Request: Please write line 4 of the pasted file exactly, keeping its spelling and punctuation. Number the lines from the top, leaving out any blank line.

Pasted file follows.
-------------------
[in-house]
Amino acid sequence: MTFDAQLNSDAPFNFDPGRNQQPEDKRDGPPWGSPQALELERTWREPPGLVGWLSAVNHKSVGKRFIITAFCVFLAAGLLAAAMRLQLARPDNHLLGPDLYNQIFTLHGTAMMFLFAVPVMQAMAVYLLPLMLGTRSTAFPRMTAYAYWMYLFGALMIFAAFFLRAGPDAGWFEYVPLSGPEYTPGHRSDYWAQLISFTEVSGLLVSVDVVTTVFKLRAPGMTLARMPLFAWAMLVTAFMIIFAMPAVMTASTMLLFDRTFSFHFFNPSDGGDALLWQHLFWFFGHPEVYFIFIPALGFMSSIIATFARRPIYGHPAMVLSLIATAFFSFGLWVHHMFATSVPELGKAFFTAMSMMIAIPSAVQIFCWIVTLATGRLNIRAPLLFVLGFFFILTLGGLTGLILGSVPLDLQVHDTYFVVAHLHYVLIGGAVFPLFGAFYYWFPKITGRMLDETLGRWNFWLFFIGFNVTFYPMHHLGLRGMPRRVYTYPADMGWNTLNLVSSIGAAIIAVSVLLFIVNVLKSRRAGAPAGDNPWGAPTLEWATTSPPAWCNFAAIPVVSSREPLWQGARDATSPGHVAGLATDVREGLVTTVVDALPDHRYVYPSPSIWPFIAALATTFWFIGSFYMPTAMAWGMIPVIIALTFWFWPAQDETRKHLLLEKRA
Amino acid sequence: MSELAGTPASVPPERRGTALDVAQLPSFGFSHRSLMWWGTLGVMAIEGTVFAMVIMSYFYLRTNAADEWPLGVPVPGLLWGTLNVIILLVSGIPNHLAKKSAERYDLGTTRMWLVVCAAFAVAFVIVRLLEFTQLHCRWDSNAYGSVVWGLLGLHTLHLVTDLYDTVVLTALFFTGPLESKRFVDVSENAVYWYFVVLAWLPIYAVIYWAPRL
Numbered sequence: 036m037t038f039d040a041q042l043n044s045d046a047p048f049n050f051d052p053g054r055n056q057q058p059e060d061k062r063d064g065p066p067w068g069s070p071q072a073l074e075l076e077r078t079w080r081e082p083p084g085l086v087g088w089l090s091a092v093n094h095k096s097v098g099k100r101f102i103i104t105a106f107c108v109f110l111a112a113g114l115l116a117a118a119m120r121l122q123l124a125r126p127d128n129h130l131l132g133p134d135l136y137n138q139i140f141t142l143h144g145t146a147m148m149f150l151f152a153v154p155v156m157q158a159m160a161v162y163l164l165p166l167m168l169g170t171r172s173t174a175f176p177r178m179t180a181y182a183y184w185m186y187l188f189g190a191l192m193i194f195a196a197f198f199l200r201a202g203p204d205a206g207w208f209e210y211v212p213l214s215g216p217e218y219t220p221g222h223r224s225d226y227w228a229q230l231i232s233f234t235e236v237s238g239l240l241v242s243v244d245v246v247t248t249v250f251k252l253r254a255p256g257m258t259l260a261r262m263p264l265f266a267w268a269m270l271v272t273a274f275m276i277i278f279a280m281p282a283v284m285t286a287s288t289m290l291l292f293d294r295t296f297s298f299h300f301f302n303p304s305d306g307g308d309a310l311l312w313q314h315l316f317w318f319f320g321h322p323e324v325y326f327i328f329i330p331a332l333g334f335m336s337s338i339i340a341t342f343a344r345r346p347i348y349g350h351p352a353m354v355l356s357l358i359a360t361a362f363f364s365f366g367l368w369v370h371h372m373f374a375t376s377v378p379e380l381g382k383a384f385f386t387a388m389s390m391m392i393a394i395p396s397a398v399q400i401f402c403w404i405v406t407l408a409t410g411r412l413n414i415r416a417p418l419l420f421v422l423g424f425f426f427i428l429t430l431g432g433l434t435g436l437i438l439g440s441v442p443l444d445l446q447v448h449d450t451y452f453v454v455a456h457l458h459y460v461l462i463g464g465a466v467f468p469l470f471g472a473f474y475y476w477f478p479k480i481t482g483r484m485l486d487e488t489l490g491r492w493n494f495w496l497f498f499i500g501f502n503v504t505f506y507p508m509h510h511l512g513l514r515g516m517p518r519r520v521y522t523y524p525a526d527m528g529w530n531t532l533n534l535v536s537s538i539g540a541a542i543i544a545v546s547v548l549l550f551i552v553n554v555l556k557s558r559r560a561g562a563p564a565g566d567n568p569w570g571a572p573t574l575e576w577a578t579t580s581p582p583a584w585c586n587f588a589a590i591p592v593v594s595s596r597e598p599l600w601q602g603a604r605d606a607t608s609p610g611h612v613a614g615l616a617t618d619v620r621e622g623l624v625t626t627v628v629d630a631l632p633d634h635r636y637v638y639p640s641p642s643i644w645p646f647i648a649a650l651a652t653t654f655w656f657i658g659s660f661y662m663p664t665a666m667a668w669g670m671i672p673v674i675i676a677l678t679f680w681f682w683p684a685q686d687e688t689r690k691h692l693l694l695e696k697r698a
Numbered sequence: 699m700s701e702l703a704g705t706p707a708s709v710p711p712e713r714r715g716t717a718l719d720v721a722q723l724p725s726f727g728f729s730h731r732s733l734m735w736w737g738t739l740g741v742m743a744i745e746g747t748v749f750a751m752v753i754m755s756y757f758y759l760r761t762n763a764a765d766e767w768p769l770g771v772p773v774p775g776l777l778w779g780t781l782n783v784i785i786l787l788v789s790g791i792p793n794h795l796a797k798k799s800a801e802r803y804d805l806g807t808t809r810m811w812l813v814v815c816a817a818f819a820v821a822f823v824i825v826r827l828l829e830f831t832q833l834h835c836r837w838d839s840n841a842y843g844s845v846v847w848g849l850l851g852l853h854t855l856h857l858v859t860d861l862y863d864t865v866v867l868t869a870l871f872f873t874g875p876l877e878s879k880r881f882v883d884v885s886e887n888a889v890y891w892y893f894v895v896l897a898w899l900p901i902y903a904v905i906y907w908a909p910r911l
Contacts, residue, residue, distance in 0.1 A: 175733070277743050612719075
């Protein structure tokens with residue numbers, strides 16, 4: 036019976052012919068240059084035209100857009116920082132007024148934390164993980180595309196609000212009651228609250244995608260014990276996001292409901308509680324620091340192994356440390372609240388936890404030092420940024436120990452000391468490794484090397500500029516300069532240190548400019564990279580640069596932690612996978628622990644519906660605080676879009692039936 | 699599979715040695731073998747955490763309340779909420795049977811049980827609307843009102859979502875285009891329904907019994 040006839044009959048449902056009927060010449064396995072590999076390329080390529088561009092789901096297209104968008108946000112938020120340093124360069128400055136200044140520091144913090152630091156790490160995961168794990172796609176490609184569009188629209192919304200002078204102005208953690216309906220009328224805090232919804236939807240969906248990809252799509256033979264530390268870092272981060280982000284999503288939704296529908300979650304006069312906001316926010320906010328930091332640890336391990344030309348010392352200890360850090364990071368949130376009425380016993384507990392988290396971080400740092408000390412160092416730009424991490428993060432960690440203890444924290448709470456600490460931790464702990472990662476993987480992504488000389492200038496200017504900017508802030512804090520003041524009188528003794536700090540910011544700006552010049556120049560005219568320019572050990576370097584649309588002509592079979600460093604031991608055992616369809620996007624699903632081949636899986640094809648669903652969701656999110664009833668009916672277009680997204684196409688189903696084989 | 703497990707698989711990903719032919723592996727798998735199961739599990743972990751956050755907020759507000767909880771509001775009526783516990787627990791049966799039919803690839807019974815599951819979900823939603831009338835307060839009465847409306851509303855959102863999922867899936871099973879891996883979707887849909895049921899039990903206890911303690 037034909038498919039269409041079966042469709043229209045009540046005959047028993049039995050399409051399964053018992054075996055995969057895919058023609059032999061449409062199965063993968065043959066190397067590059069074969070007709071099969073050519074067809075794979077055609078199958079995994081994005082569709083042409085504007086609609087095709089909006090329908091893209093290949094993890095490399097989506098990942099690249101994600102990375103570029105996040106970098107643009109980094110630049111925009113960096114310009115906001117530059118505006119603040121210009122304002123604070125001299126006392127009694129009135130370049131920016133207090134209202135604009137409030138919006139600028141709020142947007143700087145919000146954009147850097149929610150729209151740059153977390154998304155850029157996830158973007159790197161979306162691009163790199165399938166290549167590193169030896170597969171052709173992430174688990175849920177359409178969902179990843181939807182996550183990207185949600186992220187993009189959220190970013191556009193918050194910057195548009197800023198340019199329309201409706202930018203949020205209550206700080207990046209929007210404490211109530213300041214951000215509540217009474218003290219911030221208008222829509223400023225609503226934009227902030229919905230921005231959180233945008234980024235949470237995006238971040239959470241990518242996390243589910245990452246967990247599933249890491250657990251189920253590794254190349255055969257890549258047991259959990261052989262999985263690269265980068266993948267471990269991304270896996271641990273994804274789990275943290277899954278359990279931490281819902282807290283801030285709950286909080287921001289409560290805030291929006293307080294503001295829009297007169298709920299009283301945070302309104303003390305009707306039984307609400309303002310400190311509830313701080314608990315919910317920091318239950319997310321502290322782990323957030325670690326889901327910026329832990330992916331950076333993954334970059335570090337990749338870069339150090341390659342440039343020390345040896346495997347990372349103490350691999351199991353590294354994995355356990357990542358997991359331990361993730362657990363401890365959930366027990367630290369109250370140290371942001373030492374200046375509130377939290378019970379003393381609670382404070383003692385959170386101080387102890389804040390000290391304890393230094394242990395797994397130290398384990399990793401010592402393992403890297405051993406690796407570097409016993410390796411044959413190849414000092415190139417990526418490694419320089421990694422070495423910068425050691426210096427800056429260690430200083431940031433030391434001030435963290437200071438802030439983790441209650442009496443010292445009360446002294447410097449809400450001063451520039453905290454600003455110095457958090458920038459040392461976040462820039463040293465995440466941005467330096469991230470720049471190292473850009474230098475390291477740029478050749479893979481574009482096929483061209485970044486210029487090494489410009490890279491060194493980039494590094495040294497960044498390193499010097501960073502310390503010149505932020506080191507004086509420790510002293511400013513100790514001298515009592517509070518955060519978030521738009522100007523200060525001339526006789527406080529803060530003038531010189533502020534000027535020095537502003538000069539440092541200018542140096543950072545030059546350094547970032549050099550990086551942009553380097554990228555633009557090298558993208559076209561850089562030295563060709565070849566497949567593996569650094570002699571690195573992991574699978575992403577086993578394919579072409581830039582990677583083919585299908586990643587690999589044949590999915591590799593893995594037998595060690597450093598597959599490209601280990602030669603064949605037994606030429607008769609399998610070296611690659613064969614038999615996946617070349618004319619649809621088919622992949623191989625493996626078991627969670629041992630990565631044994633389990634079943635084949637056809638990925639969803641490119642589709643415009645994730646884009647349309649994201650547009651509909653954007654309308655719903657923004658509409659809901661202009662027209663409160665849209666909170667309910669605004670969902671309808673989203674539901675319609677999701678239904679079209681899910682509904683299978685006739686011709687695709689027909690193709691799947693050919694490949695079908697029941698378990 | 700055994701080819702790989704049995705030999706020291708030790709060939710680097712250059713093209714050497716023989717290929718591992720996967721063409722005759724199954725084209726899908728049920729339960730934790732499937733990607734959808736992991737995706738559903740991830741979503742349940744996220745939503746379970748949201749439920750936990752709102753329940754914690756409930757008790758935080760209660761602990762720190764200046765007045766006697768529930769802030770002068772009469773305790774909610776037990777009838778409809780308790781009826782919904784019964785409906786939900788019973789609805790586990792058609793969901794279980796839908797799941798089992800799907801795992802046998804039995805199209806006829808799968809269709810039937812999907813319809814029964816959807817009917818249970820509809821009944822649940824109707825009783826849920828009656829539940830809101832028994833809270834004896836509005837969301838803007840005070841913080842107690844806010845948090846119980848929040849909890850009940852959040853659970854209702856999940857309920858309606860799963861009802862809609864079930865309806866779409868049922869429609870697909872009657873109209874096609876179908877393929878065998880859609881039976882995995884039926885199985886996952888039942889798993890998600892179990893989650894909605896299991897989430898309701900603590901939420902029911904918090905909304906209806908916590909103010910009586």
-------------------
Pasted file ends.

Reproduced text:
Numbered sequence: 036m037t038f039d040a041q042l043n044s045d046a047p048f049n050f051d052p053g054r055n056q057q058p059e060d061k062r063d064g065p066p067w068g069s070p071q072a073l074e075l076e077r078t079w080r081e082p083p084g085l086v087g088w089l090s091a092v093n094h095k096s097v098g099k100r101f102i103i104t105a106f107c108v109f110l111a112a113g114l115l116a117a118a119m120r121l122q123l124a125r126p127d128n129h130l131l132g133p134d135l136y137n138q139i140f141t142l143h144g145t146a147m148m149f150l151f152a153v154p155v156m157q158a159m160a161v162y163l164l165p166l167m168l169g170t171r172s173t174a175f176p177r178m179t180a181y182a183y184w185m186y187l188f189g190a191l192m193i194f195a196a197f198f199l200r201a202g203p204d205a206g207w208f209e210y211v212p213l214s215g216p217e218y219t220p221g222h223r224s225d226y227w228a229q230l231i232s233f234t235e236v237s238g239l240l241v242s243v244d245v246v247t248t249v250f251k252l253r254a255p256g257m258t259l260a261r262m263p264l265f266a267w268a269m270l271v272t273a274f275m276i277i278f279a280m281p282a283v284m285t286a287s288t289m290l291l292f293d294r295t296f297s298f299h300f301f302n303p304s305d306g307g308d309a310l311l312w313q314h315l316f317w318f319f320g321h322p323e324v325y326f327i328f329i330p331a332l333g334f335m336s337s338i339i340a341t342f343a344r345r346p347i348y349g350h351p352a353m354v355l356s357l358i359a360t361a362f363f364s365f366g367l368w369v370h371h372m373f374a375t376s377v378p379e380l381g382k383a384f385f386t387a388m389s390m391m392i393a394i395p396s397a398v399q400i401f402c403w404i405v406t407l408a409t410g411r412l413n414i415r416a417p418l419l420f421v422l423g424f425f426f427i428l429t430l431g432g433l434t435g436l437i438l439g440s441v442p443l444d445l446q447v448h449d450t451y452f453v454v455a456h457l458h459y460v461l462i463g464g465a466v467f468p469l470f471g472a473f474y475y476w477f478p479k480i481t482g483r484m485l486d487e488t489l490g491r492w493n494f495w496l497f498f499i500g501f502n503v504t505f506y507p508m509h510h511l512g513l514r515g516m517p518r519r520v521y522t523y524p525a526d527m528g529w530n531t532l533n534l535v536s537s538i539g540a541a542i543i544a545v546s547v548l549l550f551i552v553n554v555l556k557s558r559r560a561g562a563p564a565g566d567n568p569w570g571a572p573t574l575e576w577a578t579t580s581p582p583a584w585c586n587f588a589a590i591p592v593v594s595s596r597e598p599l600w601q602g603a604r605d606a607t608s609p610g611h612v613a614g615l616a617t618d619v620r621e622g623l624v625t626t627v628v629d630a631l632p633d634h635r636y637v638y639p640s641p642s643i644w645p646f647i648a649a650l651a652t653t654f655w656f657i658g659s660f661y662m663p664t665a666m667a668w669g670m671i672p673v674i675i676a677l678t679f680w681f682w683p684a685q686d687e688t689r690k691h692l693l694l695e696k697r698a